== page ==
I’ve always loved to read. Unfortunately, after I was diagnosed with a cataract in my right eye, I found myself reading less and less. Wearing contact lenses didn’t seem to help much. Neither did reading glasses. If I was indoors without bright sunlight things just never seemed clear. I often got eye strain, and it was the eye strain more than anything else that made me stop reading.
I’m convinced that my poor vision played a role in the loss of my job too. I had been a Tier II tech agent for Sony PlayStation for many years; and my job had demanded that I be able to look up large amounts of information quickly and accurately – which I no longer could.
When I found out that I had cataracts in both eyes, and especially after color blindness increasingly became a problem, I started to feel hopeless. I couldn’t get a driver’s license. I couldn’t fill out a job application without betraying my poor vision. And then when I found myself having to deal with homelessness as well, it seemed the situation had become impossible. I was terrified of being so helpless.
One year later, it’s amazing for me to now reflect upon how much things have changed. I’m currently in an extremely demanding IT training program. My textbooks are typically 700 pages long. When I first started training I had to take a PC motherboard apart and then reassemble it. Afterwards I spent hours completing detailed lab simulations. Now, after having successfully earned both the A+ and Network+ certifications, I spend hours staring at computer screens learning how to use the Linux command line. When I began Linux training, my first homework assignment was to read a 175 page book. None of this would be possible if I hadn’t received the cataract operations which restored sight to both of my eyes.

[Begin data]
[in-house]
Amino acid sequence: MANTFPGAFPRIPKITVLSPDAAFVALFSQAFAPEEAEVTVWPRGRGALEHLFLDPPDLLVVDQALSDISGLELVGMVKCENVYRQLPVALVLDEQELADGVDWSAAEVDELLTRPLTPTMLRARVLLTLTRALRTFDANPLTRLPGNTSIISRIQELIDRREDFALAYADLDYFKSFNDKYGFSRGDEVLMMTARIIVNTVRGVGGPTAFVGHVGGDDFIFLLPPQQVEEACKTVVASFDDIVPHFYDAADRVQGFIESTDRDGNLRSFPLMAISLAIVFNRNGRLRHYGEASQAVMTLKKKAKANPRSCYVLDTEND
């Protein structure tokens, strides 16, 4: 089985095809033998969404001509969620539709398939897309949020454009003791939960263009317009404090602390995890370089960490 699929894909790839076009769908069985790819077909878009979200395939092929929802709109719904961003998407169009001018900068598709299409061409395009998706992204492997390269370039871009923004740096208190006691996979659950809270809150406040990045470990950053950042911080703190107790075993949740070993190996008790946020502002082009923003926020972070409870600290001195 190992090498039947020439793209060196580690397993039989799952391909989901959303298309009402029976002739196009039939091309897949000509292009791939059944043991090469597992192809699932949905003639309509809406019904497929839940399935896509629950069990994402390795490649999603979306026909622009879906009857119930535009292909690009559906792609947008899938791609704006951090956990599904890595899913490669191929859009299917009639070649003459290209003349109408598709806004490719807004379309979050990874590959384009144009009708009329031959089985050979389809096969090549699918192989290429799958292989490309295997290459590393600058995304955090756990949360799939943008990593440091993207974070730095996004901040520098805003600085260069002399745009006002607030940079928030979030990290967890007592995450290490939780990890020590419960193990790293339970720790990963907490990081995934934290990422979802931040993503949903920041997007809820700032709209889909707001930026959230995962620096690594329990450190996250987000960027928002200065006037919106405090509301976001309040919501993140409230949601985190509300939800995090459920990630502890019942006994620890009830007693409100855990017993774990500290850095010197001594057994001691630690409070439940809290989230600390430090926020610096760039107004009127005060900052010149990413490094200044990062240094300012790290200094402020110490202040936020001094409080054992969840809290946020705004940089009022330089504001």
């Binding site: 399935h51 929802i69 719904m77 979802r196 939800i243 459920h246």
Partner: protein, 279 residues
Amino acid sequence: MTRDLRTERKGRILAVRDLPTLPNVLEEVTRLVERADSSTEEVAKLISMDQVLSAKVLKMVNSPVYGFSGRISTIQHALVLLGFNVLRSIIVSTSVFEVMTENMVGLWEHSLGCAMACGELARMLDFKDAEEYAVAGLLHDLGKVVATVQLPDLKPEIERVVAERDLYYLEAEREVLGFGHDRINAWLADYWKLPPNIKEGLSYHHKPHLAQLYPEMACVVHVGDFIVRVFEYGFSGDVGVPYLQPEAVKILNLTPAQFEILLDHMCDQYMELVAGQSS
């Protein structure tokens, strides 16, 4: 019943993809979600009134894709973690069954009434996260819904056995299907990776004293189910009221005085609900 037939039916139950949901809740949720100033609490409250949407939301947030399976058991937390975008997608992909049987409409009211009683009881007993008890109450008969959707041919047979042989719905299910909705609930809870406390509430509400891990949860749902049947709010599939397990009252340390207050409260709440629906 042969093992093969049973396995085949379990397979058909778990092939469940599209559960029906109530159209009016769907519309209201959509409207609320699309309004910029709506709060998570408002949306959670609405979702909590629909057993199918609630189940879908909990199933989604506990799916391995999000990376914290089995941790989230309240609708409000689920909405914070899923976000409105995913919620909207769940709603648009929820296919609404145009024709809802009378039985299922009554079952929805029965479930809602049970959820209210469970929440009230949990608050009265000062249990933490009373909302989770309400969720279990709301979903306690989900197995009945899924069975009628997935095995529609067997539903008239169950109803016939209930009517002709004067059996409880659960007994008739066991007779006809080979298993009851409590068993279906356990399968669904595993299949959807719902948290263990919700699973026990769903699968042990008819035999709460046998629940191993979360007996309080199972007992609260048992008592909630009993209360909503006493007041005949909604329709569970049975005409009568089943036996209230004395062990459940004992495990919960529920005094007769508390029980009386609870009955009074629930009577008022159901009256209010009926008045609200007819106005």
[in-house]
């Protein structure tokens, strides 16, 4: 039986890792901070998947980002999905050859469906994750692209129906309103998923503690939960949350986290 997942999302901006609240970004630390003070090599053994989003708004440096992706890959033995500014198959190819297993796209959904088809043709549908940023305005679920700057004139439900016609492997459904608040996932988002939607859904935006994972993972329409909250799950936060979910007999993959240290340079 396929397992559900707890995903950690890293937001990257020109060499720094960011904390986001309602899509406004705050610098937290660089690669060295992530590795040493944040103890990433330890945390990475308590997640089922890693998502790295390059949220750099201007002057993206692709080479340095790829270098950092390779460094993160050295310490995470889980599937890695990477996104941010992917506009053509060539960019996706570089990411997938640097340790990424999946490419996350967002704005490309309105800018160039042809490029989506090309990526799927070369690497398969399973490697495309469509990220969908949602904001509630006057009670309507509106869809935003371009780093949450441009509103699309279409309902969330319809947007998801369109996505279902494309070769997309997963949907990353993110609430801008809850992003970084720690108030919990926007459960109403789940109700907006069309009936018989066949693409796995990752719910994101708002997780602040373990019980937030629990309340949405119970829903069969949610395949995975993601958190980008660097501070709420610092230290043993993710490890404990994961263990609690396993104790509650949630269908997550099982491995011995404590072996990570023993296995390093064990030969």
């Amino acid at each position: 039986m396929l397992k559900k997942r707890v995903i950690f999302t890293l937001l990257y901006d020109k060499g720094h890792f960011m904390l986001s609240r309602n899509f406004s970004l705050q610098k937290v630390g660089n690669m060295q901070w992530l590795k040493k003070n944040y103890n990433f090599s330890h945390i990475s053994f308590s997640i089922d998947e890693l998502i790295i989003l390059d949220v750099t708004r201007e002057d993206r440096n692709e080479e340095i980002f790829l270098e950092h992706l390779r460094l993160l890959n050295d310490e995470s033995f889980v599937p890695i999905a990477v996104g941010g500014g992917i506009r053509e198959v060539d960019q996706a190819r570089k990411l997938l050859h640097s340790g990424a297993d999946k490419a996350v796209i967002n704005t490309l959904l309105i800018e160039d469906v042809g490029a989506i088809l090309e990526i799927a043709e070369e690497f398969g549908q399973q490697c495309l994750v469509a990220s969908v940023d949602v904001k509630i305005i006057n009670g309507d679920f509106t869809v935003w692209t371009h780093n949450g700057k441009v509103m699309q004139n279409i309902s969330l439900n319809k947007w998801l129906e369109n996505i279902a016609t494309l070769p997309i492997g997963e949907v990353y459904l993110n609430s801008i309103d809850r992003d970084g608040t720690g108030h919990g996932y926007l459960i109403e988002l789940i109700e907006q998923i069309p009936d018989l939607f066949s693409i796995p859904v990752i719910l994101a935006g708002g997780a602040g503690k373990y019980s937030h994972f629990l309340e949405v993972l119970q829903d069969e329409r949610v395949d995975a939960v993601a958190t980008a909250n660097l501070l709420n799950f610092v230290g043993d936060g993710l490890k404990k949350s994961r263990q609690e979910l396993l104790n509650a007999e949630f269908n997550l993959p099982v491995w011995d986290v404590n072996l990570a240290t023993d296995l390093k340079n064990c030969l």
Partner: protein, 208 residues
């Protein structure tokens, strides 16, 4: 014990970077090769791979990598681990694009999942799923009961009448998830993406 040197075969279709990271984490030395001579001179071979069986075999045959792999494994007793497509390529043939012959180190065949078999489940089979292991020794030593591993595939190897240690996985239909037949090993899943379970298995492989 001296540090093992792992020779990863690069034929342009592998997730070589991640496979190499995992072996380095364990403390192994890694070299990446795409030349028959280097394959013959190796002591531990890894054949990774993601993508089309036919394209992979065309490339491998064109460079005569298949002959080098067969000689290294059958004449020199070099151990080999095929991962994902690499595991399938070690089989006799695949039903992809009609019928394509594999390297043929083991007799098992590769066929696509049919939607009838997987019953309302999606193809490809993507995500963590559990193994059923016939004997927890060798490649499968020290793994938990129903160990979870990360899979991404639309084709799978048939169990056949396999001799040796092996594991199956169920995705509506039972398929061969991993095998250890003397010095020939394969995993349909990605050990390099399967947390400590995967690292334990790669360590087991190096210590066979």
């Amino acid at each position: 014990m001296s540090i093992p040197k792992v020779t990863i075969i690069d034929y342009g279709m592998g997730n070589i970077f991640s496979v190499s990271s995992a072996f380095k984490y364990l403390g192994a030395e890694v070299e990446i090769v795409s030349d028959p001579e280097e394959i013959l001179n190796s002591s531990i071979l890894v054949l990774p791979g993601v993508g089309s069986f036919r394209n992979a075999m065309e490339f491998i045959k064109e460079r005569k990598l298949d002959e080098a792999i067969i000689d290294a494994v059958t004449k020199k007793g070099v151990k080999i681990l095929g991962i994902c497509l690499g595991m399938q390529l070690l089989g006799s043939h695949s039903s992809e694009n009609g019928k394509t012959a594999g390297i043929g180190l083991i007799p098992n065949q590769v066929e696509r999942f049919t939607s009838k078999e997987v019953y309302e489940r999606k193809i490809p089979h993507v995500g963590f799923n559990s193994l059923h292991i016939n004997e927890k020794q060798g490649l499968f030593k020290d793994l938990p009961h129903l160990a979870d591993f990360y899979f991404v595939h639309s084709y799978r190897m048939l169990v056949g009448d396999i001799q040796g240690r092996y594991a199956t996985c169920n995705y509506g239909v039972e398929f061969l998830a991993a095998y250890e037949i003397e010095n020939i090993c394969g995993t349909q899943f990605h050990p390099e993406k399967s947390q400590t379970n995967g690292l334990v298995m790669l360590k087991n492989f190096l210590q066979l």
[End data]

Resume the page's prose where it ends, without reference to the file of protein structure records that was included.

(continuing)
Although I Care San Antonio has provided me with bifocals, I’m happy to say that oftentimes I don’t even use them. After my eye operations I had been concerned that I wouldn’t be able to function without continually wearing some type of vision aid, but happily that hasn’t been my experience, and it seems my vision is still slowly improving over time. I sit in the front of my class because I want to make sure I can concentrate on the professor, not because I can’t see the board. And often I will find myself typing on my keyboard, or reading a book, or writing notes, all without the use of bifocals or reading glasses.
Thanks to the operations I received, I’m well on my way towards becoming a Linux Network Admin. I hope to get a driver’s license soon; and once I complete this training program, I intend to resume work on several writing projects which have been on hold for several years. None of this would have been possible had my eyesight not been restored to me. It’s no exaggeration to say that the eye operations I received through I Care San Antonio and the generosity of ALCON, have given me back my life, both literally and figuratively.